If you’ve ever been interviewed for TV or radio remotely, you know that there is special bit of adrenaline that kicks in. It’s as if your entire career depends on a few minutes of fame. Like the sword of Damocles everything seems to hang in the balance. You prepared, you know the talking points, you’re ready to go. But there’s a lot that can go wrong as Robert Kelly learned during a BBC interview.




When you have little kids and you’re doing the interview from home, you know not only the adrenaline rush of the interview, but also the terror of knowing that despite your best efforts at any moment they could T-bone your interview, bringing your career to its knees. I’ve been there, barricaded in a bathroom trying to do an interview while a toddler, acting like some medieval siege tower, attempts to break down the door. They’re not bad kids, they just have a special kid-sense that tells them there’s something important going on and they should be a part of it. And you are utterly helpless when it happens.

While Robert Kelly is likely mortified by what happened, I do hope his employer, the BBC, and others go easy on him. Thankfully, that seems to be the case as a BBC spokesman has already stated:

We’re really grateful to Professor Kelly for his professionalism. This just goes to show that live broadcasting isn’t always child’s play.

Aside from the humor of the moment, there’s probably a deeper reason that the video is so popular.

Our culture demands that everything be perfectly polished and sterilized. Indeed, we often cannot portray what is actually real; we have a mask for everything. Politicians and public speakers talk in vagaries so as both not to offend anyone and not to commit to anything. Celebrities often have disastrous home lives, yet portray the perfect husband or wife on the screen. And we, the general public, frequently play the same game, especially on social media. We show only what we want others to see: the perfect meal, the happy family, the new car, and so on.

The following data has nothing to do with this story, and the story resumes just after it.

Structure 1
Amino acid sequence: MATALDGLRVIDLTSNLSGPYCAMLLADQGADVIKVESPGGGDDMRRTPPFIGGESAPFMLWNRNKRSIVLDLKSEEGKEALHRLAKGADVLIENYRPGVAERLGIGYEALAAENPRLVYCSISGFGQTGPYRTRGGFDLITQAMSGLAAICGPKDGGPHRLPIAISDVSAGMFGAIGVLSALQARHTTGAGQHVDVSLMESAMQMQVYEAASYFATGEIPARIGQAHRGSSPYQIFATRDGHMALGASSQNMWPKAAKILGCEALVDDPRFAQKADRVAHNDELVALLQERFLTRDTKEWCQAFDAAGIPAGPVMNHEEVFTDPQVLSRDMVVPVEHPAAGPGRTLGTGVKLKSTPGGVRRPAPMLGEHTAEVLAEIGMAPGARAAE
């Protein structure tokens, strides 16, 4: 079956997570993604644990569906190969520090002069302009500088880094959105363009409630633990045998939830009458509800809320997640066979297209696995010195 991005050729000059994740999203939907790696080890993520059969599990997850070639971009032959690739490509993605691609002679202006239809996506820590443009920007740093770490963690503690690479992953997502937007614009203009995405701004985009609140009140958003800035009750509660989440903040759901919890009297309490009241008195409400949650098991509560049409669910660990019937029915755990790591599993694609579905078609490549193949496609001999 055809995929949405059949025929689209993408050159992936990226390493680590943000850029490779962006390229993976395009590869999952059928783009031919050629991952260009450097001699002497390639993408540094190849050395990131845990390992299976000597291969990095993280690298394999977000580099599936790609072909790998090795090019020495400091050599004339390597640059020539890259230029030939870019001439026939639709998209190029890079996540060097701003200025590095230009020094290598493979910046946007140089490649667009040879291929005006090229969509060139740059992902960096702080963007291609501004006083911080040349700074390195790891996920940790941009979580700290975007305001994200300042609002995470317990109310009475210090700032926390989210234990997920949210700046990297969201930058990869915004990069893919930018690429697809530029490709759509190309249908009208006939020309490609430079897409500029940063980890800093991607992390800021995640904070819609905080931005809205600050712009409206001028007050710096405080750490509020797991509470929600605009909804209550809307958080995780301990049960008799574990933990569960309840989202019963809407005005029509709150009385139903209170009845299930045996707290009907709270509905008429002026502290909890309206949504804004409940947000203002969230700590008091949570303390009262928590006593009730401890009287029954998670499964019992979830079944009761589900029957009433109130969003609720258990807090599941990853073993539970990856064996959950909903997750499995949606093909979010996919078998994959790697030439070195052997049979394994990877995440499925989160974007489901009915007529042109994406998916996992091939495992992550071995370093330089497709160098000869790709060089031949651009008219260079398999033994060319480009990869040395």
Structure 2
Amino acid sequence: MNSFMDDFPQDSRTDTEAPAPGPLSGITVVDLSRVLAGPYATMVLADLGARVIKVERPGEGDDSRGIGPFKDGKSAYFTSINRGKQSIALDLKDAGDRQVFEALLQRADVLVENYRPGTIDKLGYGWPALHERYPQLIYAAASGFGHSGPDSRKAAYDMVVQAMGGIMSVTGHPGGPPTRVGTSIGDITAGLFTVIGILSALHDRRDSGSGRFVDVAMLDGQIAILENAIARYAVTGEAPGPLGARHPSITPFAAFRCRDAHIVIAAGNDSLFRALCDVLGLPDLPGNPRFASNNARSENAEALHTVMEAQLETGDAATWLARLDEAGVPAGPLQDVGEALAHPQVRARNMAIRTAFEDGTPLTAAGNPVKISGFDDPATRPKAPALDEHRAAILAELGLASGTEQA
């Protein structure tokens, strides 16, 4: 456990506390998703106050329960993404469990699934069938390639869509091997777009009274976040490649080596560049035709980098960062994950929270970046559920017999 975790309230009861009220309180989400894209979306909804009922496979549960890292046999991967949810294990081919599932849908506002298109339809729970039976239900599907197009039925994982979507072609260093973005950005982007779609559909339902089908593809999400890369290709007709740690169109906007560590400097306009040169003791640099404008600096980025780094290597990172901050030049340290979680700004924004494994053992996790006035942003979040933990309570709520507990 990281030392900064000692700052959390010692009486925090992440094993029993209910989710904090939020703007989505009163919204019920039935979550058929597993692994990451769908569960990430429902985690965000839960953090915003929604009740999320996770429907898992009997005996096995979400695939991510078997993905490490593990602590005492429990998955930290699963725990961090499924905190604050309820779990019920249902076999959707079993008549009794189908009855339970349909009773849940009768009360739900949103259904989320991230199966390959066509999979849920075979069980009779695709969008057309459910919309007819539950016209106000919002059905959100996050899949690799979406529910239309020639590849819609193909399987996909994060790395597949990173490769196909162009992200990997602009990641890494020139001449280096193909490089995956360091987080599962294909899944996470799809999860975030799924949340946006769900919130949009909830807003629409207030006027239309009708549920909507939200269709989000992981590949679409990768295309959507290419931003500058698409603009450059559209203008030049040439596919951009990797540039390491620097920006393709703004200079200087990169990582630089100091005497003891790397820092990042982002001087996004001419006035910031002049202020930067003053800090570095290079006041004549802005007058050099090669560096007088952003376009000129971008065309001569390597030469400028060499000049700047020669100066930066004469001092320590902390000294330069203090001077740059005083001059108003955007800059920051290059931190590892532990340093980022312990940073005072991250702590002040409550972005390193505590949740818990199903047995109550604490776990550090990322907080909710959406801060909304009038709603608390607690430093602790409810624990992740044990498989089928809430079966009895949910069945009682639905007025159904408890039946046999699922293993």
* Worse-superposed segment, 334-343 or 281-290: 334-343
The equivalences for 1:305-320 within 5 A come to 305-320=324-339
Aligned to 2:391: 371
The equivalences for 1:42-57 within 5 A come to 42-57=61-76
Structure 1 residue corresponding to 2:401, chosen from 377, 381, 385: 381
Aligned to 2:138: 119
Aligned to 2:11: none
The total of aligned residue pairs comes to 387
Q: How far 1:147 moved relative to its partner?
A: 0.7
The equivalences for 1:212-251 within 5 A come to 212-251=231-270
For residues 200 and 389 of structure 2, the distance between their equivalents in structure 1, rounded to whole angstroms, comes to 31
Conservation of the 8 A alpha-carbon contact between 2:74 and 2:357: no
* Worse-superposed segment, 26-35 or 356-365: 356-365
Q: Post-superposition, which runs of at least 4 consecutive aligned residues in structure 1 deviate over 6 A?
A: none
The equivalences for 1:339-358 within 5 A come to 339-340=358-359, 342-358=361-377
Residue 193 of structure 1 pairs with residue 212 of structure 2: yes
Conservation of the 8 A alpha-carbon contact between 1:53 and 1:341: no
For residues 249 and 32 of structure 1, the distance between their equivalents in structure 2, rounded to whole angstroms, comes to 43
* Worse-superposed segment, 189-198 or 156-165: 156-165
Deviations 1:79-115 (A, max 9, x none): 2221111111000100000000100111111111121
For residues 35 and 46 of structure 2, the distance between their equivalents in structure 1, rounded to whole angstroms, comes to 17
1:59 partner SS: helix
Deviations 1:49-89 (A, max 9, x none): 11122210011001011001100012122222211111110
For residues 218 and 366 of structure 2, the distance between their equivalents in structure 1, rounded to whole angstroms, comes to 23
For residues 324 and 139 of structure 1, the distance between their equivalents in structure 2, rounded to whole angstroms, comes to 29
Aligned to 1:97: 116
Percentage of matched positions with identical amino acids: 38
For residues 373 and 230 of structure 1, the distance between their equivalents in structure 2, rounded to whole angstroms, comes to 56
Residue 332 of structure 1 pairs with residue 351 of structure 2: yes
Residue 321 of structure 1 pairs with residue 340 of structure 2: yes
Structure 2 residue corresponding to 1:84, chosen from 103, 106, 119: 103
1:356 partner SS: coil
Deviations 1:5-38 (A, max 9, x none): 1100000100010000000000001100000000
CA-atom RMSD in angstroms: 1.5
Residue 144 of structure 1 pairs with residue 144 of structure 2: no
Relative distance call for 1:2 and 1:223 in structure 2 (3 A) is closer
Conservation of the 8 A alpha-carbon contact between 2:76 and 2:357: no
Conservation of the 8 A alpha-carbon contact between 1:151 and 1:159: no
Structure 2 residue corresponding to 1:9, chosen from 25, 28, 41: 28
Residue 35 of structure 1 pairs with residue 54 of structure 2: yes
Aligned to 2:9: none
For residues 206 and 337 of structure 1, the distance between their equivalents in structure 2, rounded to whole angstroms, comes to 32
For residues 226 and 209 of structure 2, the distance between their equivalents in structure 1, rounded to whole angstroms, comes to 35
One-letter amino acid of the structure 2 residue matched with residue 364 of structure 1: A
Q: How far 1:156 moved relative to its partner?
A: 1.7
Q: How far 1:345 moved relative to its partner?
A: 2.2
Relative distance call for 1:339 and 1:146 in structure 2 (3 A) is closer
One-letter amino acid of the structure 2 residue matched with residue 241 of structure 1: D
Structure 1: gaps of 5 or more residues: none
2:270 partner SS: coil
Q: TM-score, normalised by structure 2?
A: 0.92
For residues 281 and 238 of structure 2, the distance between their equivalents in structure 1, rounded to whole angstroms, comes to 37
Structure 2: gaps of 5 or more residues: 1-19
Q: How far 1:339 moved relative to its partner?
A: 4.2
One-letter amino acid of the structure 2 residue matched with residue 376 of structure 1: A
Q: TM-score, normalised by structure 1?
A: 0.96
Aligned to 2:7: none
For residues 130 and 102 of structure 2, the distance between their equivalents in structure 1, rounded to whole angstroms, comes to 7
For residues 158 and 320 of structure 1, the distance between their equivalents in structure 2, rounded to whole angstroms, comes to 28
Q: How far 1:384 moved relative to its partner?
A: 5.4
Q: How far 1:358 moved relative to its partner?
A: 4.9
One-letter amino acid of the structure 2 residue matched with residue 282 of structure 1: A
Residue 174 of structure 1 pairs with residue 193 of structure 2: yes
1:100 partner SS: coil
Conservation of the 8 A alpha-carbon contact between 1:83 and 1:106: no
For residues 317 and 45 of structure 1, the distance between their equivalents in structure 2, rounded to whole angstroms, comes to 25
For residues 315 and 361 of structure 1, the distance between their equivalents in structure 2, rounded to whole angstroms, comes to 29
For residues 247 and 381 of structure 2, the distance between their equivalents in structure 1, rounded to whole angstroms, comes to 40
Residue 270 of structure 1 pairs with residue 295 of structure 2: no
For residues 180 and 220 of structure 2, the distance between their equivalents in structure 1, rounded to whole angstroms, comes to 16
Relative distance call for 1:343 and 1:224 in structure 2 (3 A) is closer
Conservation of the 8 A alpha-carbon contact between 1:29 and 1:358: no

Curiously, seeing life as if we are on a stage is nothing new. Many centuries ago, the great English poet William Shakespeare declared as much in As You Like It:

“All the world’s a stage,
And all the men and women merely players;
They have their exits and their entrances;
And one man in his time plays many parts..”

Arguably, it’s true. We all have the sense that we are actors on a stage, detached yet still playing our parts in the seasons of life. Such is the mysterious sense of being. Without requiring us to remove our own masks, though, the viral BBC interview allows us to see behind someone else’s mask, to glimpse something truly real. And it wasn’t a terrible real, but rather the loving adoration and simple joy of innocent children.